Republished with permission.
Executive Director, The National Alliance for the Mentally Ill of Ohio (NAMI Ohio).
This is the fourth article in a series about effectively dealing with mental ill offenders in the criminal justice system. Justice Evelyn Lundberg Stratton, Supreme Court of Ohio, has had a longtime interest in developing solutions to this problem and has formed the Supreme Court of Ohio Advisory Committee on Mentally Ill in the Courts for the purpose. This fourth article, written by a member of that committee, addresses NAMI Ohio's contribution to this issue via the development of a training program for jails and court personnel.
The need for training and education programs for jails and court personnel is widely recognized and documented. We know that a significant percentage of inmates in jails are suffering from serious mental illness, and many are involved in the criminal justice system due to the deinstitutionalization of thousands of mentally ill persons released from state hospitals over the past 40 years.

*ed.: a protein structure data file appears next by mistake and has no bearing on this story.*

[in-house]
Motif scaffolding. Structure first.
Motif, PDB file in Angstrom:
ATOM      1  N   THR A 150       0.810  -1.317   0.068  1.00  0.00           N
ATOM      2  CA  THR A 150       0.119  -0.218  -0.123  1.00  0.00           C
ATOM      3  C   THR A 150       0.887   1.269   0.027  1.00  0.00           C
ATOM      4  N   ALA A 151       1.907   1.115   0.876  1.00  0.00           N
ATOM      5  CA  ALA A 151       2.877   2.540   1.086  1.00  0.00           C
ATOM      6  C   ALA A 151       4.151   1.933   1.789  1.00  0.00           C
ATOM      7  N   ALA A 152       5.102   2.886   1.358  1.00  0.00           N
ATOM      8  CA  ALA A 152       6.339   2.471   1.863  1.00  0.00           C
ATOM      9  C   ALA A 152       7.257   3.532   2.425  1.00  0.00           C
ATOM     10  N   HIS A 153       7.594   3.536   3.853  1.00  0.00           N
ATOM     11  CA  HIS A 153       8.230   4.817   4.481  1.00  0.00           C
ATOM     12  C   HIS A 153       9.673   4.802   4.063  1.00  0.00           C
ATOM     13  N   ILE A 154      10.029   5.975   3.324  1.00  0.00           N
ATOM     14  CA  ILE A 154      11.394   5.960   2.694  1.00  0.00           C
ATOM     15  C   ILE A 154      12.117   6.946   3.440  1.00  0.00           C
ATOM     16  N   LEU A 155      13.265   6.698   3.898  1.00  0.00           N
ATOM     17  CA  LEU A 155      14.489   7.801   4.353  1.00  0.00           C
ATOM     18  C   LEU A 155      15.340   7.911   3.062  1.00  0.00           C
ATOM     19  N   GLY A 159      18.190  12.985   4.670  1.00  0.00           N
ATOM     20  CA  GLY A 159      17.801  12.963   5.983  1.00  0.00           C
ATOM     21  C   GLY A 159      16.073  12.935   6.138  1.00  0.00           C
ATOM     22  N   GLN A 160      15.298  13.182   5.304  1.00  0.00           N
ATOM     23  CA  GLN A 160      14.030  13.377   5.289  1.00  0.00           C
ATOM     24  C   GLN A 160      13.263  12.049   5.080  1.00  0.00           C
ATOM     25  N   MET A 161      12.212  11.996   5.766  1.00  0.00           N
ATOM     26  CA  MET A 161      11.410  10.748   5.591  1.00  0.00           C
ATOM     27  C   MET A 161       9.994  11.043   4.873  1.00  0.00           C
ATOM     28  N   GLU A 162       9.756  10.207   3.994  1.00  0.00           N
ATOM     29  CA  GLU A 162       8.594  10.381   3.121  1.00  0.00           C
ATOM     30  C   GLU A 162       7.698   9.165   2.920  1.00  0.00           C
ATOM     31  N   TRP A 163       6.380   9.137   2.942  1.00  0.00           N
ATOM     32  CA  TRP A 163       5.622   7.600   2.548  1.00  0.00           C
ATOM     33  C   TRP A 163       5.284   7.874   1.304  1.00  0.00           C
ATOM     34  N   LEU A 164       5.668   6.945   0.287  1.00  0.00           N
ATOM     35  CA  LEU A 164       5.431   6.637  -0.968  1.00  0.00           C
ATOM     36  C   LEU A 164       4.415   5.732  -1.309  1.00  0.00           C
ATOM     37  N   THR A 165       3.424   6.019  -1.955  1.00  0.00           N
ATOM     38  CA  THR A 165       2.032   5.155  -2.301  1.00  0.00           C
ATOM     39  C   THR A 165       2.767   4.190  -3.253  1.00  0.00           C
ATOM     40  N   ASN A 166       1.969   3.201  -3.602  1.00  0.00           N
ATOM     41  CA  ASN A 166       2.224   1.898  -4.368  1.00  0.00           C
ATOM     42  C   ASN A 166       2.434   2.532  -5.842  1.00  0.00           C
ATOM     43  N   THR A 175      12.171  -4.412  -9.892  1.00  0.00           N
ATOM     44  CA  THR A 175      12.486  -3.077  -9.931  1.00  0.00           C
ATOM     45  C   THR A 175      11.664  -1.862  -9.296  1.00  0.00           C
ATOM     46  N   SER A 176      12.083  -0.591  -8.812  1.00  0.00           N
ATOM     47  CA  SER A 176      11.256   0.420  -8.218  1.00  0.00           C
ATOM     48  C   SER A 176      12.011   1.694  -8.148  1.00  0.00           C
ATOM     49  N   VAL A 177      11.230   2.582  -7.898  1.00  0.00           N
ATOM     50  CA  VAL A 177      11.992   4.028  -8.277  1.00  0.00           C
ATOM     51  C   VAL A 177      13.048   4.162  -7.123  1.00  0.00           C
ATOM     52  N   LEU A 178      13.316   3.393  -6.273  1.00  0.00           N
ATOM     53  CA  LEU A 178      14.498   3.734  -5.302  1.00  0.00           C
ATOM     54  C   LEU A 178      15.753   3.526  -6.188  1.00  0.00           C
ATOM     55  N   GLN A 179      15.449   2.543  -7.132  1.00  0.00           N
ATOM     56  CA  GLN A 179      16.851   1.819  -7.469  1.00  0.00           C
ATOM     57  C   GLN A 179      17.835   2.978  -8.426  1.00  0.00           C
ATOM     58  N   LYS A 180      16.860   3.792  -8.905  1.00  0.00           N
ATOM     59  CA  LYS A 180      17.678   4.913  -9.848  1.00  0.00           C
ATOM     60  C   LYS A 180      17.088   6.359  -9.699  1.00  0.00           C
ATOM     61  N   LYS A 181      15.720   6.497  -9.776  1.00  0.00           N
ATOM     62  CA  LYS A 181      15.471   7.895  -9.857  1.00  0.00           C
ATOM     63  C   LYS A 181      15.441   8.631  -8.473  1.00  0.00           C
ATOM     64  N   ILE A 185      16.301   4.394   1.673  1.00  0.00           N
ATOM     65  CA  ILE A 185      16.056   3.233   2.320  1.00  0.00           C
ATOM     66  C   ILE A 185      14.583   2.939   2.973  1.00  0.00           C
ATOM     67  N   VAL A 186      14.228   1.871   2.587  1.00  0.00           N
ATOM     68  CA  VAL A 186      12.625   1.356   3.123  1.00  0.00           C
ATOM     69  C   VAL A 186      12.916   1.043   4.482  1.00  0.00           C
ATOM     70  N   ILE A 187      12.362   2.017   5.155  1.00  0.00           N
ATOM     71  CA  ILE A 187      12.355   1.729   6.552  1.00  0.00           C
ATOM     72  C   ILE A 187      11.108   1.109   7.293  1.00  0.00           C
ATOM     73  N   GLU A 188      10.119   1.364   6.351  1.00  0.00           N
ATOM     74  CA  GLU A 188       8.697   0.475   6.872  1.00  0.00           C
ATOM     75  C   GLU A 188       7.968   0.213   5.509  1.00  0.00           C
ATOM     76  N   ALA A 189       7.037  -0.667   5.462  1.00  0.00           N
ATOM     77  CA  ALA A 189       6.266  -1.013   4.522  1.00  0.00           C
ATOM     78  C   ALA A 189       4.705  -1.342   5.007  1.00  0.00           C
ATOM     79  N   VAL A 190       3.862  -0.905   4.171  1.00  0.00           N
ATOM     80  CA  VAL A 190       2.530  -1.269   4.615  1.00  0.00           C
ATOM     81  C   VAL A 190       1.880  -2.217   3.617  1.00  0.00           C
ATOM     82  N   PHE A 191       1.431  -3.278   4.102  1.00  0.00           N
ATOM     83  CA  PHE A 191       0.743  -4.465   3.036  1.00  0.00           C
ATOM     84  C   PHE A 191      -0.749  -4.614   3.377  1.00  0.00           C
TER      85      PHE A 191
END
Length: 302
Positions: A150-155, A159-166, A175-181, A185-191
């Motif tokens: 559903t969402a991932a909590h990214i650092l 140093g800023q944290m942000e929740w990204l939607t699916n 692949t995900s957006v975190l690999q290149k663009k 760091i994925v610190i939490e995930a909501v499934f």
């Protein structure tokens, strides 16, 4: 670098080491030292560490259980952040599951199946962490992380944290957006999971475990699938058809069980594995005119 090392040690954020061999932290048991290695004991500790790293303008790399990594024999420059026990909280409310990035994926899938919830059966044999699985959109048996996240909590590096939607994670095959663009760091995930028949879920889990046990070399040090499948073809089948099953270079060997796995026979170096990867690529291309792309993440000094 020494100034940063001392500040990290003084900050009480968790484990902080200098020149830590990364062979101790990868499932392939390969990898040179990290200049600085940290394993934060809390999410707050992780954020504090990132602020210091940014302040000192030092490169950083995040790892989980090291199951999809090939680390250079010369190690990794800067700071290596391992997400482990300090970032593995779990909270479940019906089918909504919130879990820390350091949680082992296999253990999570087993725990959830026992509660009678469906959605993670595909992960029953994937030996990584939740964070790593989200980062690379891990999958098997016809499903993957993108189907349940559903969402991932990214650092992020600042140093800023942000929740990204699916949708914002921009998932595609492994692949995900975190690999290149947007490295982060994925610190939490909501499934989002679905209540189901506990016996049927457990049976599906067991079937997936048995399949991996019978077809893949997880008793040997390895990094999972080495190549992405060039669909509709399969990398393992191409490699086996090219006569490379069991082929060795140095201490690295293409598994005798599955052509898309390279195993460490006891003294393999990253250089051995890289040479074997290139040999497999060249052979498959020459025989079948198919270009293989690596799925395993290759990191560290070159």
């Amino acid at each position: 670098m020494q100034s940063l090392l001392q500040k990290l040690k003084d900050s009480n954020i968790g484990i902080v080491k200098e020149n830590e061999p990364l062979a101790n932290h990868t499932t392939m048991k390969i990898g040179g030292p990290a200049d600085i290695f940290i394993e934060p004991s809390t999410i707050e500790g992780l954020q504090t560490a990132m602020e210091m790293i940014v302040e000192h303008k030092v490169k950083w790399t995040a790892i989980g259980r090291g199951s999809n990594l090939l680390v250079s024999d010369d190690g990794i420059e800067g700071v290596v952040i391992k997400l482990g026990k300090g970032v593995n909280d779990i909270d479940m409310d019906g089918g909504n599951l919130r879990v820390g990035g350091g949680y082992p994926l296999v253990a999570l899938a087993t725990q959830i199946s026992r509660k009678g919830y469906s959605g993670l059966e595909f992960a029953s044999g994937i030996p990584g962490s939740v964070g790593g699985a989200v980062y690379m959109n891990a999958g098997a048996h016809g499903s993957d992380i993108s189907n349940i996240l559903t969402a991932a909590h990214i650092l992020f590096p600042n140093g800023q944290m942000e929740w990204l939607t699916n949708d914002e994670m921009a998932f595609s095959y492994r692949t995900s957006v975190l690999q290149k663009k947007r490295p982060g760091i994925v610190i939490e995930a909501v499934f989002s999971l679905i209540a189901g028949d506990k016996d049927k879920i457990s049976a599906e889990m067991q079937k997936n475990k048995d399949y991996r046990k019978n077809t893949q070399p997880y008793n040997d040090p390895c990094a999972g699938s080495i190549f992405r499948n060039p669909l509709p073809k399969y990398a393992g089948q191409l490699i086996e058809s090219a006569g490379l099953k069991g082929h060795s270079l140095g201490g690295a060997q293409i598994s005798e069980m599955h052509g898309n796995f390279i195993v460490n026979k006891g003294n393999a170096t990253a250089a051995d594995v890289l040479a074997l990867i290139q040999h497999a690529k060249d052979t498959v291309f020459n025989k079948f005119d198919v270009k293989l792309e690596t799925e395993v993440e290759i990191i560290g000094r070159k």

There is a general acknowledgment that the courts are inundated with a number of misdemeanor cases that are a direct result of mental illness and not because of an intent to break the law.
Over the past year, NAMI Ohio has developed a training program designed to equip front line staff in jails and courts as they deal with this growing problem. This training program addresses the problems created over the past 40 years within the criminal justice system of Ohio as related to the transition from state mental hospitals as primary facilities for treatment and housing of citizens with brain disorders, to a community- based mental health system. This problem has accelerated since the passage of the Mental Health Act of 1988.
This training program will have a major impact in lessening the burden on a criminal justice system dealing with difficult-to-treat citizens with brain disorders. This training delivers a comprehensive training curriculum to jails and court personnel to assist them in identifying and dealing more effectively with this unique population.
This effort recognizes that personnel working within the criminal justice system are often insufficiently trained in how to deal with persons whose disruptive, bizarre, and/or criminal behavioral may be due to their Page 1034 mental illness. Because of the shift to community-based treatment and...